Met Police 'in special measures' after scandals including Sarah Everard, Stephen Port and Child Q

Political Correspondent Carl Dinnen outlines what the move means for the Metropolitan Police

London's Metropolitan Police is being placed in special measures following a string of scandals including the murder of Sarah Everard, the Stephen Port inquiry and the strip search of Child Q.

The decision was made by Her Majesty’s Inspectorate of Constabulary and Fire and Rescue Services (HMICFRS) and means the force will be placed under close scrutiny.

In a brief statement, the body said: "We can confirm that we are now monitoring the Metropolitan Police Service through our Engage process, which provides additional scrutiny and support to help it make improvements."

According to the policing watchdog’s website, a force enters the engage process if it is “not responding to a cause of concern, or if it is not succeeding in managing, mitigating or eradicating the cause of concern”.

It means the Metropolitan Police will have to report to inspectors more regularly and may even be asked to meet specific crime-fighting targets.

'We share their disappointment'

The latest development means the Metropolitan Police is now officially one of Britain's failing police forces. 

In a statement, the Met said: "We recognise the cumulative impact of events and problems that the Met is dealing with. We understand the impact this has had on communities and we share their disappointment.

"We are determined to be a police service Londoners can be proud of. We are talking to the Inspectorate about next steps."

Home Secretary Priti Patel added: "The public put their trust in the police and rightly expect the country’s largest force to protect them effectively and carry out their duties to the highest professional standards.

"As home secretary, I have overseen the largest funding boost for policing in a decade, and the government has committed to an extra 20,000 police officers, with 2,599 already recruited by the Metropolitan Police. “I expect the police to get the basics right. It is clear the Metropolitan Police Service is falling short of these expectations which is why I support the action that HMICFRS has taken today to highlight their failings – and I expect the Met and the London mayor to take immediate action to begin addressing them."

Sir Mark replaces former Met Police Commissioner Cressida Dick

'Child Q's family speak out after the announcement'

The family of Child Q, a black teenager who was strip-searched in Hackney by Met Police officers while she was menstruating, have welcomed the decision taken by the inspectorate.

The search of the teenager took place without another adult present and in the knowledge that she was menstruating, a safeguarding report found.

In a statement issued on Tuesday, Child Q's family said: “The Metropolitan Police has shown time and again that it cannot do its job properly and its officers’ actions have had life-changing, devastating consequences for innocent people across London, including Child Q.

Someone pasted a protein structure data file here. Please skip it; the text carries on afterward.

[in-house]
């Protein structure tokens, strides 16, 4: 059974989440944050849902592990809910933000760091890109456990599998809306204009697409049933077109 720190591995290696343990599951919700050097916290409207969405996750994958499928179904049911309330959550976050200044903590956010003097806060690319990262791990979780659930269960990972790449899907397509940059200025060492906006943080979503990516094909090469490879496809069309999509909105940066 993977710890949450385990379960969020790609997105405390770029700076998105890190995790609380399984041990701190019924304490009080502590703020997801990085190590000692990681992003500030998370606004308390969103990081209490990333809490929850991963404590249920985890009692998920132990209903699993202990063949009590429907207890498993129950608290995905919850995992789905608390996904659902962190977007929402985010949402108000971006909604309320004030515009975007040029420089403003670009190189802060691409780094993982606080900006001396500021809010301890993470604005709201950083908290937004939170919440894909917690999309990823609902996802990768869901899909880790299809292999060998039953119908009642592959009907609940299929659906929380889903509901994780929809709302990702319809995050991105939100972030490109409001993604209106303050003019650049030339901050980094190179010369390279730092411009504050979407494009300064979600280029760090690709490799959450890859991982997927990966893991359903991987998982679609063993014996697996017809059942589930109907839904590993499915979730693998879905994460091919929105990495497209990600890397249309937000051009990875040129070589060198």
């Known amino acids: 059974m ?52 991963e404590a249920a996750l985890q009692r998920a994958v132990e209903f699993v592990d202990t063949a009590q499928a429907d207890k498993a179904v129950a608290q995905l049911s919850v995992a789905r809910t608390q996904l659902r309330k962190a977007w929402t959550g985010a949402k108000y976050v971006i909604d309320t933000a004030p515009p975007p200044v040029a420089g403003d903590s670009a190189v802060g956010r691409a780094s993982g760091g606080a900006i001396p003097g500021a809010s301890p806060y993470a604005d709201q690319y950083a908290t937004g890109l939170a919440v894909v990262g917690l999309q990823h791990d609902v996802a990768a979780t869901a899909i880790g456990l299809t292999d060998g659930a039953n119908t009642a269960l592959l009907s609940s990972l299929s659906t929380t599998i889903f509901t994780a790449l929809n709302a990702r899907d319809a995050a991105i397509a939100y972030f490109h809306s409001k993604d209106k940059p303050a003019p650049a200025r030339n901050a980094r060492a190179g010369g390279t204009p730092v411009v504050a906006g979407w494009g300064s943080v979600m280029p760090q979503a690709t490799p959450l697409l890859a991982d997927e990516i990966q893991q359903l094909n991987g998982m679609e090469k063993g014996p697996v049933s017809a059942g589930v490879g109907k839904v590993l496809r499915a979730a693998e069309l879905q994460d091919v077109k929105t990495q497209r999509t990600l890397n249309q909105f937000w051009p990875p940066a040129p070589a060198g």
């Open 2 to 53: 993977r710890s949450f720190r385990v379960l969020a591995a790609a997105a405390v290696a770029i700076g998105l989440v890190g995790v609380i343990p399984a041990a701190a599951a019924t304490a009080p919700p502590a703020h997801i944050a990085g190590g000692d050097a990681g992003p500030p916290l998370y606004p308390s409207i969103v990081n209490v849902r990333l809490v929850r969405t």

"It is no wonder that there is little to no faith left in the Metropolitan Police. “We hope the additional scrutiny of special measures will result in permanent change in the force’s culture and practices.”

Last week, the Met confirmed a further eight voluntary referrals involving strip searches of children have been made to the Independent Office of Police Conduct after two teenage girls were strip-searched by officers while they were also menstruating.

The special measures decision has come at a turbulent time for the force after former Met Police chief Dame Cressida Dick stepped down from her role as commissioner in April.

Her replacement is expected to be unveiled in the summer, with Sir Stephen House currently running the force as acting commissioner.

It is also the second force to be placed on special measures in recent years. The watchdog placed Greater Manchester Police on the "engage" process in 2020 after it failed to report 80,000 crimes.

London Mayor Sadiq Khan said he welcomed the decision after a "series of appalling scandals" which he said had "not only exposed deep cultural problems but have damaged the confidence of Londoners in the capital’s police service.”

Mr Khan added: “The decision by the HMIC to now move the Met into special measures has laid bare the substantial performance failings by the force. “As I have been saying for some time, Londoners deserve better. That’s why we now need to see nothing less than a new contract forged between the police and the public in London. “This means root and branch reforms and systemic change to the Met’s performance and culture.”

In an interview with broadcasters, Mr Khan said the decision "means I am now not the lone voice with Londoners".

"I welcome the decision today by the police inspectorate, in particular their support and external scrutiny," says London Mayor Sadiq Khan

He stressed the importance of installing a new commissioner who he says needs to be "reforming". "Over the course of the next few weeks, what I will be testing with both candidates is whether I am persuaded that they have the ability, skills, experience and understanding to be the reforming commissioner that London needs."

Earlier this month the London mayor pledged to block the appointment of a new Met commissioner unless they grasp the “true extent” of the organisation’s “deep cultural problems”. The home secretary has some responsibility for the Met, while Mr Khan is the police and crime commissioner for London.

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